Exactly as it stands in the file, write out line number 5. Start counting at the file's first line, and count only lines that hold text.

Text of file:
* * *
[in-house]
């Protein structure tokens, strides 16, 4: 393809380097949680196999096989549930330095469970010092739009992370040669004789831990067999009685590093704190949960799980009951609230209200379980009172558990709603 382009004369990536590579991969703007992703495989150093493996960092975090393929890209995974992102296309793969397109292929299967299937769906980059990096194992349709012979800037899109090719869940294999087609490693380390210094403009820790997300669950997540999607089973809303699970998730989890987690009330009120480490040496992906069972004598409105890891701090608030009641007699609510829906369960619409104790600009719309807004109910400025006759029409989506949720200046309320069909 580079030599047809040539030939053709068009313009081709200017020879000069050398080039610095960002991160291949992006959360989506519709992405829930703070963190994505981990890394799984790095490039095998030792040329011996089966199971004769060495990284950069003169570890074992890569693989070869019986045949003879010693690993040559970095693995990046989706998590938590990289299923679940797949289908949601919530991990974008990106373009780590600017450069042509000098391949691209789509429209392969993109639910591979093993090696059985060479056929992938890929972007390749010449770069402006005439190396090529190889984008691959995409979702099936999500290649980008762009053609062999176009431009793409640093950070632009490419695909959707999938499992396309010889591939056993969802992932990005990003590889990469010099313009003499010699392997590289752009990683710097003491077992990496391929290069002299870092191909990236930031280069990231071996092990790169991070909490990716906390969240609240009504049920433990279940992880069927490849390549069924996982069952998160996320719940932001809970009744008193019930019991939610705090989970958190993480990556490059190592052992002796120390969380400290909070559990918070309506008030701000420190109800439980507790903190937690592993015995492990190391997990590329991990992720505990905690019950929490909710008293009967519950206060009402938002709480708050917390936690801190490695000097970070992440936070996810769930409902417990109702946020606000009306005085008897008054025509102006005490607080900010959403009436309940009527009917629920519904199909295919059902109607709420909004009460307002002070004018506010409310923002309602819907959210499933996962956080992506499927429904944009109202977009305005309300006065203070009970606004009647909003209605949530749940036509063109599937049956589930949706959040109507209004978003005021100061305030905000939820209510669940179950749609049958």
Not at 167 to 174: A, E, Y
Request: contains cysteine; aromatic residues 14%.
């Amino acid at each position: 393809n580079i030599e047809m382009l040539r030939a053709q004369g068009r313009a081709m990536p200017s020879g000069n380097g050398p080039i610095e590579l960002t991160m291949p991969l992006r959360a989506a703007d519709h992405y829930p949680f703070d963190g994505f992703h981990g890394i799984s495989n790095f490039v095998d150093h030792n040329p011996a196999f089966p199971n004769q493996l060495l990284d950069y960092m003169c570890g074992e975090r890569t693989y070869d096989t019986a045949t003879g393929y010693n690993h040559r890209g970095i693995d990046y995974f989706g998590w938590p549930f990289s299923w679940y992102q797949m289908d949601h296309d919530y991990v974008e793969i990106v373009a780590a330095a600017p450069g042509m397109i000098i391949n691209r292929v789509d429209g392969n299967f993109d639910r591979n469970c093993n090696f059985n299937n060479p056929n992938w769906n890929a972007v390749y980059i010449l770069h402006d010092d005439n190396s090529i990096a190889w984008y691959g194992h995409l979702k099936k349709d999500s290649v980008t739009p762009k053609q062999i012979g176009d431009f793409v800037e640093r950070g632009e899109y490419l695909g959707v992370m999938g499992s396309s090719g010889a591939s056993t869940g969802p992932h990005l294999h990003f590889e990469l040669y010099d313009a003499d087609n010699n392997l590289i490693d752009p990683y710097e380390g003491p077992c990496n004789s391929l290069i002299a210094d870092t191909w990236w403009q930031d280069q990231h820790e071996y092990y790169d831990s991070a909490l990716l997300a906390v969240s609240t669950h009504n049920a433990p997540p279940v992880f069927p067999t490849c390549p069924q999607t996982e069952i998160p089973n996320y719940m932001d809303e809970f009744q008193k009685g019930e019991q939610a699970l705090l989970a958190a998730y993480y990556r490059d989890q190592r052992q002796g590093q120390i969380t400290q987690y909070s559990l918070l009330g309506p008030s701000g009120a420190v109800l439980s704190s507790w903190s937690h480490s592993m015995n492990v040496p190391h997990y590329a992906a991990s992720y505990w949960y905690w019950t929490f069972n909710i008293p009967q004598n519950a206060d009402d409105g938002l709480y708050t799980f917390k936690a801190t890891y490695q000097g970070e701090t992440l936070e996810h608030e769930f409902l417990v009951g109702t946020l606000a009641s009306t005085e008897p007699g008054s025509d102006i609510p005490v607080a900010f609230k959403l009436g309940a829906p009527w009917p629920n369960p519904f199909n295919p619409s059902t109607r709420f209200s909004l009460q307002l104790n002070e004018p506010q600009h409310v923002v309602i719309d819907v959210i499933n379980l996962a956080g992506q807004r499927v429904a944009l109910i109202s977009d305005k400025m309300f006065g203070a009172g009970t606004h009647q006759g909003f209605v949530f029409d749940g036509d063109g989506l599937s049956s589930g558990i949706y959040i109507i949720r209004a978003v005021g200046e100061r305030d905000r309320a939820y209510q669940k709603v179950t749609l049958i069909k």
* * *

């Amino acid at each position: 393809n580079i030599e047809m382009l040539r030939a053709q004369g068009r313009a081709m990536p200017s020879g000069n380097g050398p080039i610095e590579l960002t991160m291949p991969l992006r959360a989506a703007d519709h992405y829930p949680f703070d963190g994505f992703h981990g890394i799984s495989n790095f490039v095998d150093h030792n040329p011996a196999f089966p199971n004769q493996l060495l990284d950069y960092m003169c570890g074992e975090r890569t693989y070869d096989t019986a045949t003879g393929y010693n690993h040559r890209g970095i693995d990046y995974f989706g998590w938590p549930f990289s299923w679940y992102q797949m289908d949601h296309d919530y991990v974008e793969i990106v373009a780590a330095a600017p450069g042509m397109i000098i391949n691209r292929v789509d429209g392969n299967f993109d639910r591979n469970c093993n090696f059985n299937n060479p056929n992938w769906n890929a972007v390749y980059i010449l770069h402006d010092d005439n190396s090529i990096a190889w984008y691959g194992h995409l979702k099936k349709d999500s290649v980008t739009p762009k053609q062999i012979g176009d431009f793409v800037e640093r950070g632009e899109y490419l695909g959707v992370m999938g499992s396309s090719g010889a591939s056993t869940g969802p992932h990005l294999h990003f590889e990469l040669y010099d313009a003499d087609n010699n392997l590289i490693d752009p990683y710097e380390g003491p077992c990496n004789s391929l290069i002299a210094d870092t191909w990236w403009q930031d280069q990231h820790e071996y092990y790169d831990s991070a909490l990716l997300a906390v969240s609240t669950h009504n049920a433990p997540p279940v992880f069927p067999t490849c390549p069924q999607t996982e069952i998160p089973n996320y719940m932001d809303e809970f009744q008193k009685g019930e019991q939610a699970l705090l989970a958190a998730y993480y990556r490059d989890q190592r052992q002796g590093q120390i969380t400290q987690y909070s559990l918070l009330g309506p008030s701000g009120a420190v109800l439980s704190s507790w903190s937690h480490s592993m015995n492990v040496p190391h997990y590329a992906a991990s992720y505990w949960y905690w019950t929490f069972n909710i008293p009967q004598n519950a206060d009402d409105g938002l709480y708050t799980f917390k936690a801190t890891y490695q000097g970070e701090t992440l936070e996810h608030e769930f409902l417990v009951g109702t946020l606000a009641s009306t005085e008897p007699g008054s025509d102006i609510p005490v607080a900010f609230k959403l009436g309940a829906p009527w009917p629920n369960p519904f199909n295919p619409s059902t109607r709420f209200s909004l009460q307002l104790n002070e004018p506010q600009h409310v923002v309602i719309d819907v959210i499933n379980l996962a956080g992506q807004r499927v429904a944009l109910i109202s977009d305005k400025m309300f006065g203070a009172g009970t606004h009647q006759g909003f209605v949530f029409d749940g036509d063109g989506l599937s049956s589930g558990i949706y959040i109507i949720r209004a978003v005021g200046e100061r305030d905000r309320a939820y209510q669940k709603v179950t749609l049958i069909k």